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Telavancin Adds Option for Obese Patients with SSSIs



Major Finding: Obese patients had a similar rate of cure with telavancin, compared with vancomycin (72% vs. 73%), although the rate of serious adverse events was higher with the former (11% vs. 3%).

Data Source: A post hoc analysis of data from 356 obese patients with complicated SSSIs in the phase III ATLAS trials

Disclosures: Dr. Slover is an employee of Astellas Pharma Global Development. The trials were supported jointly by Astellas Pharma Global Development and Theravance.

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CHICAGO – In obese patients, the antibiotic telavancin may offer an alternative to vancomycin for treating complicated skin and skin structure infections, according to a post hoc analysis.

In the analysis of two phase III trials, Christine M. Slover, Pharm.D., and colleagues, found that obese patients had nearly identical rates of clinical cure of their skin and skin structure infections (SSSI) whether treated with telavancin or vancomycin (72% vs. 73%). However, those in the telavancin group were more likely to have serious adverse events (11% vs. 3%).

The cure rates and adverse event rates with telavancin were generally similar to those seen in nonobese patients from the same trials, said Dr. Slover, a senior project manager at Astellas Pharma Global Development, in Deerfield, Ill.

"If you have a patient who has a complicated skin infection for whom other agents that are available might not be an option, telavancin is something you can consider, even in obese patients," Dr. Slover commented in an interview at the annual meeting of the Interscience Conference on Antimicrobial Agents and Chemotherapy.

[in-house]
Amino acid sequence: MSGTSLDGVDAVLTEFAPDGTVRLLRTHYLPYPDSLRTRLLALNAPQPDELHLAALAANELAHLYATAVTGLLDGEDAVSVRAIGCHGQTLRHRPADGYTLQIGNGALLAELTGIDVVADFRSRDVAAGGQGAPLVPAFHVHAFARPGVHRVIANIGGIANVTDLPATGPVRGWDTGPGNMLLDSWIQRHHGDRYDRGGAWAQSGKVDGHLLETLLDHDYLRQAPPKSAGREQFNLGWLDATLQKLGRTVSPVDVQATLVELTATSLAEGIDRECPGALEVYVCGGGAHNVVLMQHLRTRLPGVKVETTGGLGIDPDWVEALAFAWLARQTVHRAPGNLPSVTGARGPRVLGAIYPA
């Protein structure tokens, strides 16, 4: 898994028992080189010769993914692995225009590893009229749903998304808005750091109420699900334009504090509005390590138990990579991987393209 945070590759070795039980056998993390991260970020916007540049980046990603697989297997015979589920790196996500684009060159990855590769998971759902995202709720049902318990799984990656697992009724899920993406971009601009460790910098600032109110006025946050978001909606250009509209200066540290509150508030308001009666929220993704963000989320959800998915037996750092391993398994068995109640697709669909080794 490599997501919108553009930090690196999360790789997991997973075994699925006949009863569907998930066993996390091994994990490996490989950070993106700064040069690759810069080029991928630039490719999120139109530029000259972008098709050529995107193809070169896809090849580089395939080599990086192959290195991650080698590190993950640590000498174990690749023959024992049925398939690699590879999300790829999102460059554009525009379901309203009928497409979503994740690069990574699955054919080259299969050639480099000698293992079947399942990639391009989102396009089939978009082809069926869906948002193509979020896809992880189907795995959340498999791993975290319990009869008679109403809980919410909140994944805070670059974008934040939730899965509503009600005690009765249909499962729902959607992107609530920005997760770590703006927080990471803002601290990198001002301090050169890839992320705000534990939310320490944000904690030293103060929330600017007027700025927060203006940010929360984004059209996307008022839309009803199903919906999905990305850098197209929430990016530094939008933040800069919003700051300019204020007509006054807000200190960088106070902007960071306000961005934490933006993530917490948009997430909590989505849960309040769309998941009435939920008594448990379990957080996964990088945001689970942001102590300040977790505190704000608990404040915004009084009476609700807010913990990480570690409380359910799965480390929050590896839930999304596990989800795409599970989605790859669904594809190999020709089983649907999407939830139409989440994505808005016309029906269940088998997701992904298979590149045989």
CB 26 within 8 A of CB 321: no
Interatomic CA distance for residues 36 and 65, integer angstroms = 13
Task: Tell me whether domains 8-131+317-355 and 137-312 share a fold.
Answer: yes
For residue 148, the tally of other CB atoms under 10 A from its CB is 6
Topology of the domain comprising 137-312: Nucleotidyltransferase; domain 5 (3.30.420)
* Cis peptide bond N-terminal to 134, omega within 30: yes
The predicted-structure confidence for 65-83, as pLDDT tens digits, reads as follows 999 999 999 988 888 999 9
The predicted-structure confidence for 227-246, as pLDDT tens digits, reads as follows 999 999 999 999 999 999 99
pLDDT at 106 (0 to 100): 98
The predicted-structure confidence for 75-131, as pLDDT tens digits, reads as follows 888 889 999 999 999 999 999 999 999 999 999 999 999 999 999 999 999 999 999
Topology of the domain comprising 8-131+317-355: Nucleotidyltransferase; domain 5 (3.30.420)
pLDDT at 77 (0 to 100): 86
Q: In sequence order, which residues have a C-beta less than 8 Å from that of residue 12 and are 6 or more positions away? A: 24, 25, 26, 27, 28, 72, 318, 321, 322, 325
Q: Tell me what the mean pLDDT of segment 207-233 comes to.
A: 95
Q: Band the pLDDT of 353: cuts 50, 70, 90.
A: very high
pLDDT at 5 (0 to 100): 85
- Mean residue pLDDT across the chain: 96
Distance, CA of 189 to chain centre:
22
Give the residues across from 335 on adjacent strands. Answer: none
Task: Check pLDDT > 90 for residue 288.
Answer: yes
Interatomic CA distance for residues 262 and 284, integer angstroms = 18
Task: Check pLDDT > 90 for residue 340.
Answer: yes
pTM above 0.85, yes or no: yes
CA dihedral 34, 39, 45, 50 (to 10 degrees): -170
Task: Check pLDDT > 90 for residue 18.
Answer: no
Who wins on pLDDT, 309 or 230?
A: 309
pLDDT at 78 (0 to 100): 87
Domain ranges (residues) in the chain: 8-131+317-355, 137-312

"Telavancin is a once-a-day drug, and there is no therapeutic drug monitoring required," she added. In contrast, vancomycin is given at least twice a day and drug levels must be checked. "Cost wise, vancomycin has been available for 50 years and is generic and costs pennies a day; telavancin is a branded drug, so it does cost more because of that."

In addition, severely obese patients were 31% less likely than other obese patients and nonobese patients to achieve clinical cure of their SSSI, no matter which antibiotic they received. Such patients "have a lot of peripheral vascular disease, so it’s much harder to get the antibiotic to the sites of infection," Dr. Slover commented at the conference, which was sponsored by the American Society for Microbiology.

"If you have a patient who has a complicated skin infection for whom other agents might not be an option, telavancin is something you can consider."

The researchers analyzed data from the Assessment of Telavancin in Complicated Skin and Skin Structure Infections (ATLAS) trials, which were identical randomized, double-blind trials conducted among 1,867 adults with complicated SSSIs due to suspected or confirmed gram-positive pathogens (Clin. Infect. Dis. 2008;46:1683-93).

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